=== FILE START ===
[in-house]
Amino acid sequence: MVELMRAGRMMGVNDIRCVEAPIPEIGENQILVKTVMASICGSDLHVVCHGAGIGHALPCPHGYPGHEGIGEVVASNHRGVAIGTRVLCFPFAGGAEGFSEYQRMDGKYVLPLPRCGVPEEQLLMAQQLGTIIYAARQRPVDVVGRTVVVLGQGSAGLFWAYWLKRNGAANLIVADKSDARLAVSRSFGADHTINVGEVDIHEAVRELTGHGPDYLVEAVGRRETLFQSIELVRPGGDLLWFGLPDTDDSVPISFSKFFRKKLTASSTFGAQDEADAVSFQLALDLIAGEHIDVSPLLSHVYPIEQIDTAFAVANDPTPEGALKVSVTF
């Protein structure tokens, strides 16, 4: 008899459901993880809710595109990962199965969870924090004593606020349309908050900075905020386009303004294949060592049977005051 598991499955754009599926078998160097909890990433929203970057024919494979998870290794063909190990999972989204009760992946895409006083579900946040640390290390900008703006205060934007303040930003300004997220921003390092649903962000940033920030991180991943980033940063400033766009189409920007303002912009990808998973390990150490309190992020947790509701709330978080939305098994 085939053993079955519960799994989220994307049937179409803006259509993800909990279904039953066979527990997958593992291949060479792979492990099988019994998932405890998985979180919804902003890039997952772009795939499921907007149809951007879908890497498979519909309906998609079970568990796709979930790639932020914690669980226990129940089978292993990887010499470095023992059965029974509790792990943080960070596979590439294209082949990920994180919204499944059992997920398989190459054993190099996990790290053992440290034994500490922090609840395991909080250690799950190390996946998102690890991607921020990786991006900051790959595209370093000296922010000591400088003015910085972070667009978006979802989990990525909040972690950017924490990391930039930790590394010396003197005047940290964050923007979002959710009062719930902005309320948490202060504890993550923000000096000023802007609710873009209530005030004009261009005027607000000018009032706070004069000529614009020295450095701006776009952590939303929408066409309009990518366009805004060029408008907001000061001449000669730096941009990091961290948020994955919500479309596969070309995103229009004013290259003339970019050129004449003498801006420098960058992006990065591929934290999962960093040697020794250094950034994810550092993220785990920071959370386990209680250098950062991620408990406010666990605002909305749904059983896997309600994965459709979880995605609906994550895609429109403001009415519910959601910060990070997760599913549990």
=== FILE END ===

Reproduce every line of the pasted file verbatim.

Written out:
[in-house]
Amino acid sequence: MVELMRAGRMMGVNDIRCVEAPIPEIGENQILVKTVMASICGSDLHVVCHGAGIGHALPCPHGYPGHEGIGEVVASNHRGVAIGTRVLCFPFAGGAEGFSEYQRMDGKYVLPLPRCGVPEEQLLMAQQLGTIIYAARQRPVDVVGRTVVVLGQGSAGLFWAYWLKRNGAANLIVADKSDARLAVSRSFGADHTINVGEVDIHEAVRELTGHGPDYLVEAVGRRETLFQSIELVRPGGDLLWFGLPDTDDSVPISFSKFFRKKLTASSTFGAQDEADAVSFQLALDLIAGEHIDVSPLLSHVYPIEQIDTAFAVANDPTPEGALKVSVTF
């Protein structure tokens, strides 16, 4: 008899459901993880809710595109990962199965969870924090004593606020349309908050900075905020386009303004294949060592049977005051 598991499955754009599926078998160097909890990433929203970057024919494979998870290794063909190990999972989204009760992946895409006083579900946040640390290390900008703006205060934007303040930003300004997220921003390092649903962000940033920030991180991943980033940063400033766009189409920007303002912009990808998973390990150490309190992020947790509701709330978080939305098994 085939053993079955519960799994989220994307049937179409803006259509993800909990279904039953066979527990997958593992291949060479792979492990099988019994998932405890998985979180919804902003890039997952772009795939499921907007149809951007879908890497498979519909309906998609079970568990796709979930790639932020914690669980226990129940089978292993990887010499470095023992059965029974509790792990943080960070596979590439294209082949990920994180919204499944059992997920398989190459054993190099996990790290053992440290034994500490922090609840395991909080250690799950190390996946998102690890991607921020990786991006900051790959595209370093000296922010000591400088003015910085972070667009978006979802989990990525909040972690950017924490990391930039930790590394010396003197005047940290964050923007979002959710009062719930902005309320948490202060504890993550923000000096000023802007609710873009209530005030004009261009005027607000000018009032706070004069000529614009020295450095701006776009952590939303929408066409309009990518366009805004060029408008907001000061001449000669730096941009990091961290948020994955919500479309596969070309995103229009004013290259003339970019050129004449003498801006420098960058992006990065591929934290999962960093040697020794250094950034994810550092993220785990920071959370386990209680250098950062991620408990406010666990605002909305749904059983896997309600994965459709979880995605609906994550895609429109403001009415519910959601910060990070997760599913549990």